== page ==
Already suspended Councillors of Canning could be kept out until March 2014, when yet another inquiry is set to end.
However, this may mean we are not free to vote in new Councillors at local government elections later this year.
With the current Council suspended in November, a new 12 month inquiry three months away, and the possible need for an extraordinary election to vote in new reps after that, we could be without Councillors for up to 2 years.
So where does that leave us – the people who matter most – in being able to determine our future?
Commissioner Reynolds cannot possibly replace the role of 11 Councillors over an extended period. I believe his appointment is only part-time, as it is.
In Armadale, where Mr Reynolds was Mayor until last year, there are 14 Councillors to represent 55,000 residents.
The Commissioner cannot bring the same level of scrutiny to recommendations made by city executives and officers; he is not a long-term resident.
If the State Govt believed that surrounding Politicians were able to reflect the community’s domestic concerns as effectively as Councillors, it would have interviewed more than just Liberal Politicians for the first inquiry in to Canning.
A quick reality check there also – as a guide, our lower house Politicians are required to represent as many as four times the number of people Canning Councillors did.
Clearly it would be difficult then for local Politicians to step in to the void created by the long term absence of Councillors.
A new concern is Commissioner Reynolds signalling he will prepare the City of Canning to deal with the State Government’s reform proposals.
It is not appropriate Canning proceed down that track without the considered oversight of experienced Councillors and a great deal of community consultation.
Almost all metropolitan Councils have rejected the Barnett Govt’s plan for amalgamations. We need to know more about this.
However, community workshops these days revolve around a quick PowerPoint presentation, putting pins on maps and writing short thoughts on post-it pads.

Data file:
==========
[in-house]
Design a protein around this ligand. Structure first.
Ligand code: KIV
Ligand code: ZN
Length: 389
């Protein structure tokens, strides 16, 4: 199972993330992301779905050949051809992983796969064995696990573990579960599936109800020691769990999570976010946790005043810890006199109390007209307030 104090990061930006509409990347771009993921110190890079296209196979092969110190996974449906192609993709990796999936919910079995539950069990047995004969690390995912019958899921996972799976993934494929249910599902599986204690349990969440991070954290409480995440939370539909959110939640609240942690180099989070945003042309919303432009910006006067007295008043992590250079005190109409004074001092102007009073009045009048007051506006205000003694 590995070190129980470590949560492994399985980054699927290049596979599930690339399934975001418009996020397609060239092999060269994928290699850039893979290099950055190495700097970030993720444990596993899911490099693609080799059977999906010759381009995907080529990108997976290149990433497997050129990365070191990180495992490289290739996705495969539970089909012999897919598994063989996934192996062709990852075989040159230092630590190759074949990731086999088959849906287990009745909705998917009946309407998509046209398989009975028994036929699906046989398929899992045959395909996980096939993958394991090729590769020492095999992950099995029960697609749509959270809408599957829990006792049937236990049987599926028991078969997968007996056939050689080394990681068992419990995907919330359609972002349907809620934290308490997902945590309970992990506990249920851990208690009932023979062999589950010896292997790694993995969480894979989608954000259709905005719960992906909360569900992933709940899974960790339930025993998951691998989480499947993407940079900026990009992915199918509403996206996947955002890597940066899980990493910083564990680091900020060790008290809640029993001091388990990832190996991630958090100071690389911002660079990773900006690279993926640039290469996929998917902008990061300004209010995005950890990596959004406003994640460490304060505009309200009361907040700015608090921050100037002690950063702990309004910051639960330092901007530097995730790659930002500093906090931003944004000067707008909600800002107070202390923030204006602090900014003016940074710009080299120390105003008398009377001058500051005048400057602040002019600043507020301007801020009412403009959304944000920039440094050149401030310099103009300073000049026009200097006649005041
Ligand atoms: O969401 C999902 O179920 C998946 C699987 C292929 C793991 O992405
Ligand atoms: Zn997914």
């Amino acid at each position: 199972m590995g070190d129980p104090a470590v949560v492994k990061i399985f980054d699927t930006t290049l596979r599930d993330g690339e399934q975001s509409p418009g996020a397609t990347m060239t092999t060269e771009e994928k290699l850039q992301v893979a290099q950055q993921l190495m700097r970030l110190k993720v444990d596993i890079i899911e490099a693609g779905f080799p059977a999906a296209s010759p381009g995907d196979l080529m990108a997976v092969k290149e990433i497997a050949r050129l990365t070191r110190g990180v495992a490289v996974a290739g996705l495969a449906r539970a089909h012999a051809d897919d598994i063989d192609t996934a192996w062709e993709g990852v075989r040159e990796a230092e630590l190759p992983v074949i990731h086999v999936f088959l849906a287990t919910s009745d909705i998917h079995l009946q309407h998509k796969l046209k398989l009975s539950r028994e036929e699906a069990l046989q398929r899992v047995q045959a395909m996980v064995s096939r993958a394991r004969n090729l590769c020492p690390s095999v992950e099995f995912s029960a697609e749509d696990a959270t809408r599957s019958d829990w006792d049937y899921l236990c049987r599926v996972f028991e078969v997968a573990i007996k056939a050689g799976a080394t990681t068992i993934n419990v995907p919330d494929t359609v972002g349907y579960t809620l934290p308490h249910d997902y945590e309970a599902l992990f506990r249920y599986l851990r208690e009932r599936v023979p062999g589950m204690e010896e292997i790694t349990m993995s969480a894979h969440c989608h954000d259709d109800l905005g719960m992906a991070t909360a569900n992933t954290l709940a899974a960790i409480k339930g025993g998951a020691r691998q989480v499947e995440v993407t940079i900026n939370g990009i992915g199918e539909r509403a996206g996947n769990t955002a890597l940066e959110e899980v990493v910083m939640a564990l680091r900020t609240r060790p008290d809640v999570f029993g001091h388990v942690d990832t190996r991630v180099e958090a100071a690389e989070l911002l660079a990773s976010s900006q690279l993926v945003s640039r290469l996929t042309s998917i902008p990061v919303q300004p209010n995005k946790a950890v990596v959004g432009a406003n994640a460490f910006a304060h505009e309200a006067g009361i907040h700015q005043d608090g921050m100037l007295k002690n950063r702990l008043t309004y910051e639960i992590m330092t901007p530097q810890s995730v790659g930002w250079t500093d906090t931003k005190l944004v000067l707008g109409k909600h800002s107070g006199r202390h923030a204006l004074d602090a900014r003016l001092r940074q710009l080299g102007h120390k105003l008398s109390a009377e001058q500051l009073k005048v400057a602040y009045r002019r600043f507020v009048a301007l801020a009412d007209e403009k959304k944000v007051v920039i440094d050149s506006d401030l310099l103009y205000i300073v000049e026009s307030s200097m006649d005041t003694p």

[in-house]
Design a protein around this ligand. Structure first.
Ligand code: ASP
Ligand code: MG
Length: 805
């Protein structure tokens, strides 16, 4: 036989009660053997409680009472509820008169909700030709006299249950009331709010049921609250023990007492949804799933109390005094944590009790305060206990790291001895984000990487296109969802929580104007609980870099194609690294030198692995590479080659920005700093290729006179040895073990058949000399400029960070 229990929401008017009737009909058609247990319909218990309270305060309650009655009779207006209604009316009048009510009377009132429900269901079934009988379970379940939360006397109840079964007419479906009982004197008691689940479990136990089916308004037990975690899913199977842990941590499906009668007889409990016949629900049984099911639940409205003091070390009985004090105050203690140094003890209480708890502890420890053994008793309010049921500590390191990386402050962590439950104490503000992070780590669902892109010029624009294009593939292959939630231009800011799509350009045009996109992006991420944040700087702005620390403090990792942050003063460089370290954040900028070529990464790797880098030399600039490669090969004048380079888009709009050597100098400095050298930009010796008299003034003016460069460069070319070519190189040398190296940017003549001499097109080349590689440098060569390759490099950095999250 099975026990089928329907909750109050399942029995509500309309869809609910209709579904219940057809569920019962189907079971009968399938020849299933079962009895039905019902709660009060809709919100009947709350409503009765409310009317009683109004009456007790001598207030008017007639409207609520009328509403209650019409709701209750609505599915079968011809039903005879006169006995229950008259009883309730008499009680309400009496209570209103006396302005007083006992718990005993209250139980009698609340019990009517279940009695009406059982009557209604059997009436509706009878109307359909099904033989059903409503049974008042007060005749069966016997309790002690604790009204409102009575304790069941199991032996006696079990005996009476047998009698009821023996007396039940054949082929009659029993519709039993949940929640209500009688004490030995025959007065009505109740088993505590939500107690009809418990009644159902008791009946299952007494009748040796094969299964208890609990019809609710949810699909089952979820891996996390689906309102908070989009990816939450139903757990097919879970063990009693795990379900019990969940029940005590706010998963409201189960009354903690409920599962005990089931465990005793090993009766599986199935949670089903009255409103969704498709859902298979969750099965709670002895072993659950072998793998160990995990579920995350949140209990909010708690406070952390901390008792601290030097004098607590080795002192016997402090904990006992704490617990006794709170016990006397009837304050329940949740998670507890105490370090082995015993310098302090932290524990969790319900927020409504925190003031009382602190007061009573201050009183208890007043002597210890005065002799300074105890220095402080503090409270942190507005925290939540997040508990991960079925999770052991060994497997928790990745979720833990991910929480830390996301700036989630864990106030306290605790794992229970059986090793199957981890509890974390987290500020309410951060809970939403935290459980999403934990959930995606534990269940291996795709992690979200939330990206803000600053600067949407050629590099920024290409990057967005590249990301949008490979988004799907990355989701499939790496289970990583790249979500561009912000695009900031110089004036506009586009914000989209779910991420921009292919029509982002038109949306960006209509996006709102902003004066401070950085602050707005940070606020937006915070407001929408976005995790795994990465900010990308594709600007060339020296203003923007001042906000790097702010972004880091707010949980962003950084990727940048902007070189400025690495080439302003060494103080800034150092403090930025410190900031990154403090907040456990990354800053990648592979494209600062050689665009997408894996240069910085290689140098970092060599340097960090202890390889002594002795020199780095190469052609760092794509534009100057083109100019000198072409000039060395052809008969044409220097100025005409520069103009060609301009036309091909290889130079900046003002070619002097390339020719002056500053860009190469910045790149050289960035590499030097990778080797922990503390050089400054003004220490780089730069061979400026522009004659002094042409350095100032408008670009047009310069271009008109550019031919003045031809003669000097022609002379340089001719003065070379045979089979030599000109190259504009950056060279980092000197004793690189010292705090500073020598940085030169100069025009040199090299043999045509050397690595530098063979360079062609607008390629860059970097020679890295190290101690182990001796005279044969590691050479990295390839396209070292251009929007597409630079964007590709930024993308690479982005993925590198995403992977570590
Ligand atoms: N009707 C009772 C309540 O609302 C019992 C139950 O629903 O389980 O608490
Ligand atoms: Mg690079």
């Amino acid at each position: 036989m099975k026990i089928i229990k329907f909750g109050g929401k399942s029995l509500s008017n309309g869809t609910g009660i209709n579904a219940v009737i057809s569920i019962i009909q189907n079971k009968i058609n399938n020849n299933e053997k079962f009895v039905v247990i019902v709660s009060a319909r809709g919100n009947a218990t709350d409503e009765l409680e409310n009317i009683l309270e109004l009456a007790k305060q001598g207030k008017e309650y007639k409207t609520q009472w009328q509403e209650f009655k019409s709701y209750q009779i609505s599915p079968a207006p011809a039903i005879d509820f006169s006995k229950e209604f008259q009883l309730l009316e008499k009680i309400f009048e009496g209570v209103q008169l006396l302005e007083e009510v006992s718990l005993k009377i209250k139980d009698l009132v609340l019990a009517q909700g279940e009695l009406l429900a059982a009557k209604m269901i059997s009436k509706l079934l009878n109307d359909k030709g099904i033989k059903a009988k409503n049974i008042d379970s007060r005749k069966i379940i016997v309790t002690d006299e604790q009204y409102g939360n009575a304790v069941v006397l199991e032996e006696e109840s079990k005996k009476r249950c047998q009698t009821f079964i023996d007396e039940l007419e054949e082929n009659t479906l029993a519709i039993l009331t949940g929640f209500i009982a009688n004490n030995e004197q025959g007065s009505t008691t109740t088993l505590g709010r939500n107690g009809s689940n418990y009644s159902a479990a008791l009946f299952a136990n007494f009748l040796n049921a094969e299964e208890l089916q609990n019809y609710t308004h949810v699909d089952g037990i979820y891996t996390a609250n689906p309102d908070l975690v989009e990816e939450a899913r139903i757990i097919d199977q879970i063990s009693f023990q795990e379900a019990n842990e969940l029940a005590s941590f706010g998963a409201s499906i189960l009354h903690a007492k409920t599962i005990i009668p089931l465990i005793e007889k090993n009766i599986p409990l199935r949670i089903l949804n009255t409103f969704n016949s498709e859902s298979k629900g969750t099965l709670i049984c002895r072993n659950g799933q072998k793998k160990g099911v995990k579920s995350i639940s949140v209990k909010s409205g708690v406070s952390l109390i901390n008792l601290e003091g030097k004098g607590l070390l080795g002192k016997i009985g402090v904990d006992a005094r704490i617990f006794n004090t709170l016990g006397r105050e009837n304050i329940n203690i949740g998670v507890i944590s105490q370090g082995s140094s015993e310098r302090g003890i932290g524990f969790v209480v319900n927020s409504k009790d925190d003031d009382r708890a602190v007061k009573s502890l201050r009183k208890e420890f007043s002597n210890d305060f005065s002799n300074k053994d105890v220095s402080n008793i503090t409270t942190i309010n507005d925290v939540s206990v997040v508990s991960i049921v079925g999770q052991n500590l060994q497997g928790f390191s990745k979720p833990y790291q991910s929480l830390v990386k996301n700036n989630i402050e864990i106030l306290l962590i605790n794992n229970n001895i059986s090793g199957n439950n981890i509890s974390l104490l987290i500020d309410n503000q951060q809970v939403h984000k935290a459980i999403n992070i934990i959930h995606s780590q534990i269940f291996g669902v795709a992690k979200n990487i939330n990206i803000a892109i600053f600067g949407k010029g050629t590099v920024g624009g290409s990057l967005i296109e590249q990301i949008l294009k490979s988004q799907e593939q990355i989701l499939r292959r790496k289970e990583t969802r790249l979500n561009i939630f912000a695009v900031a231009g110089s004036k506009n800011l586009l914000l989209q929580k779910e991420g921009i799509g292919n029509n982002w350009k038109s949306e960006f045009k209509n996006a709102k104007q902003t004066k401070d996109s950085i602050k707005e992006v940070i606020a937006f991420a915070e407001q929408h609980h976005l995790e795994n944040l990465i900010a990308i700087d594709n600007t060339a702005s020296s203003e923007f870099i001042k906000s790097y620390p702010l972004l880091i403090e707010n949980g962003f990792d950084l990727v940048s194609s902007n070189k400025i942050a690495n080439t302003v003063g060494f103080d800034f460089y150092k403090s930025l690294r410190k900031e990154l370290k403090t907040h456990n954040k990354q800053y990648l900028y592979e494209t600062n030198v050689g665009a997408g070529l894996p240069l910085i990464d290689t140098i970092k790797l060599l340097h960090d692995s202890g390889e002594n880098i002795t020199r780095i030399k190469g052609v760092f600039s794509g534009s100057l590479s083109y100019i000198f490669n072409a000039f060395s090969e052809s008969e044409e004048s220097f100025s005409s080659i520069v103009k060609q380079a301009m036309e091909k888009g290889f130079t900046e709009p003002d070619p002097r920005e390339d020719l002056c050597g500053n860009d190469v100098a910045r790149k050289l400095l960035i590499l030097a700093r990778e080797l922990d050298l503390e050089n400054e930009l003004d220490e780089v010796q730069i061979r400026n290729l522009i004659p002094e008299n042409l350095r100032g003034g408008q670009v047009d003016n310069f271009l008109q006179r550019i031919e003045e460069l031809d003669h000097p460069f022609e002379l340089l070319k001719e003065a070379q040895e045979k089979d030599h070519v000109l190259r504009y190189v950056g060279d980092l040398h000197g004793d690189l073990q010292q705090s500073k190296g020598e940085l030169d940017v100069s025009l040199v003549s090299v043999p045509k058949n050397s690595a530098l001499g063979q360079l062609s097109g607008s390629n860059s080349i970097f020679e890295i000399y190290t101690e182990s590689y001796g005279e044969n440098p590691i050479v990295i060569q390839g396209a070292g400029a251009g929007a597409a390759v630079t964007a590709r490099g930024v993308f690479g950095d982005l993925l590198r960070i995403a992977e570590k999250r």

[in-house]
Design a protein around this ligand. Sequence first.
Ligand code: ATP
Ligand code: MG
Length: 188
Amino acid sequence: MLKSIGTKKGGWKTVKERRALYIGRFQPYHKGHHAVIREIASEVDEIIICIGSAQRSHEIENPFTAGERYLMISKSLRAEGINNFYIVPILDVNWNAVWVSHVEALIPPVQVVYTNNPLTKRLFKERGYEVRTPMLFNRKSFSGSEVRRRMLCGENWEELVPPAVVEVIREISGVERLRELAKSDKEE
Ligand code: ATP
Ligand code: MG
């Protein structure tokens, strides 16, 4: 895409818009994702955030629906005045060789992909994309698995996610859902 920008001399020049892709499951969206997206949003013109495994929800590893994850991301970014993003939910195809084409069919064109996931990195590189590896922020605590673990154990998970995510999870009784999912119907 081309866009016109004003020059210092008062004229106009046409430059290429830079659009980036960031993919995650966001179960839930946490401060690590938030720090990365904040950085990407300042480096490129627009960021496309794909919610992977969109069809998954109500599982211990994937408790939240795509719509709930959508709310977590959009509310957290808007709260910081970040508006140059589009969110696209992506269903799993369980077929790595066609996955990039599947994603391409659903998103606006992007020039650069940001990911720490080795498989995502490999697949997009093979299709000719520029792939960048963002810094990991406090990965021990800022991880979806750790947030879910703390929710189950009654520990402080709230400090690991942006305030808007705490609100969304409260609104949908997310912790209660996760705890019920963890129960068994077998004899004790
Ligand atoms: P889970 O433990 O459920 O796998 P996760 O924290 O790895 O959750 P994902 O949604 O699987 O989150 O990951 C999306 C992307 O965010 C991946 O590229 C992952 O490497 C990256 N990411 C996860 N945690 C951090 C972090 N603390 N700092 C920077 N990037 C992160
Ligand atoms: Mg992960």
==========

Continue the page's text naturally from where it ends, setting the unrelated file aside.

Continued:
Alternatively it can cost hundreds of thousands to set up community consultation opportunities, involving, for some reason, flying in eastern states consultants, but basically only amounting to general impressions being conveyed.
Merging multiple councils to create new large entities, with different rules, as yet unknown implications for the community, and the potential loss of many employees’ jobs, requires a more sophisticated and longer term interaction with the community – especially in the absence of its democratically elected representatives.
Last year, I was a member of a volunteer group that was to help shape the final outcome of Canning’s first ever Community Plan. At best, it was a general role; the men and women invited to participate did not represent the actual ratepayers and their concerns.
Minister for Local Government, John Castrilli, has effectively removed deeper scrutiny of city business by the community, through its representatives.
His actions may also stop us being able to move forward in October, with a new Council, as they did last year in preventing the appointment of new executives.
Lastly, there is nothing in Minister Castrilli’s media release about the second inquiry which assures us this time the investigation will be held openly, and accountable to residents.
If that is the case, then yet again decisions about our future will be made behind closed doors.
Please consider signing the Petition to the Minister, calling for inquiries to be open to the public, and fully accountable.